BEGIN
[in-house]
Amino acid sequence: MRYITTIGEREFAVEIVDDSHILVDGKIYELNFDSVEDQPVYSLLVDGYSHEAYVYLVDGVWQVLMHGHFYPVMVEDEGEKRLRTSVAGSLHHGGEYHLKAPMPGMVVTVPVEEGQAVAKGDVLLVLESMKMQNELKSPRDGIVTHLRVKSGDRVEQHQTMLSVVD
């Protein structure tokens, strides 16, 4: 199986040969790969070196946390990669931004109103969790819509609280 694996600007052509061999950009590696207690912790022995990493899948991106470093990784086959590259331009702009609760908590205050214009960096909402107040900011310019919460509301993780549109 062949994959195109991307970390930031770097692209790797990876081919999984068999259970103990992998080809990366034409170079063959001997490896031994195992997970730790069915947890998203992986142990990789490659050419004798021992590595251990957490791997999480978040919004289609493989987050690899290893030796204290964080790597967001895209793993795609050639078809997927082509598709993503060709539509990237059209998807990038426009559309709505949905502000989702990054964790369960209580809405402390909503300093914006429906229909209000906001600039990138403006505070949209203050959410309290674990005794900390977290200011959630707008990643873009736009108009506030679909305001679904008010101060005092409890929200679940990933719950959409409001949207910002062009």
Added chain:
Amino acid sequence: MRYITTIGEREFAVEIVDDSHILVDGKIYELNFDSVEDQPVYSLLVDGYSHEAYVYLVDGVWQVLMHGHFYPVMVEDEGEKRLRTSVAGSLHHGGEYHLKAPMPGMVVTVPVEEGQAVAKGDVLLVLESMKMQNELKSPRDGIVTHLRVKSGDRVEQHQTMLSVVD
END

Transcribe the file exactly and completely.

[in-house]
Amino acid sequence: MRYITTIGEREFAVEIVDDSHILVDGKIYELNFDSVEDQPVYSLLVDGYSHEAYVYLVDGVWQVLMHGHFYPVMVEDEGEKRLRTSVAGSLHHGGEYHLKAPMPGMVVTVPVEEGQAVAKGDVLLVLESMKMQNELKSPRDGIVTHLRVKSGDRVEQHQTMLSVVD
């Protein structure tokens, strides 16, 4: 199986040969790969070196946390990669931004109103969790819509609280 694996600007052509061999950009590696207690912790022995990493899948991106470093990784086959590259331009702009609760908590205050214009960096909402107040900011310019919460509301993780549109 062949994959195109991307970390930031770097692209790797990876081919999984068999259970103990992998080809990366034409170079063959001997490896031994195992997970730790069915947890998203992986142990990789490659050419004798021992590595251990957490791997999480978040919004289609493989987050690899290893030796204290964080790597967001895209793993795609050639078809997927082509598709993503060709539509990237059209998807990038426009559309709505949905502000989702990054964790369960209580809405402390909503300093914006429906229909209000906001600039990138403006505070949209203050959410309290674990005794900390977290200011959630707008990643873009736009108009506030679909305001679904008010101060005092409890929200679940990933719950959409409001949207910002062009």
Added chain:
Amino acid sequence: MRYITTIGEREFAVEIVDDSHILVDGKIYELNFDSVEDQPVYSLLVDGYSHEAYVYLVDGVWQVLMHGHFYPVMVEDEGEKRLRTSVAGSLHHGGEYHLKAPMPGMVVTVPVEEGQAVAKGDVLLVLESMKMQNELKSPRDGIVTHLRVKSGDRVEQHQTMLSVVD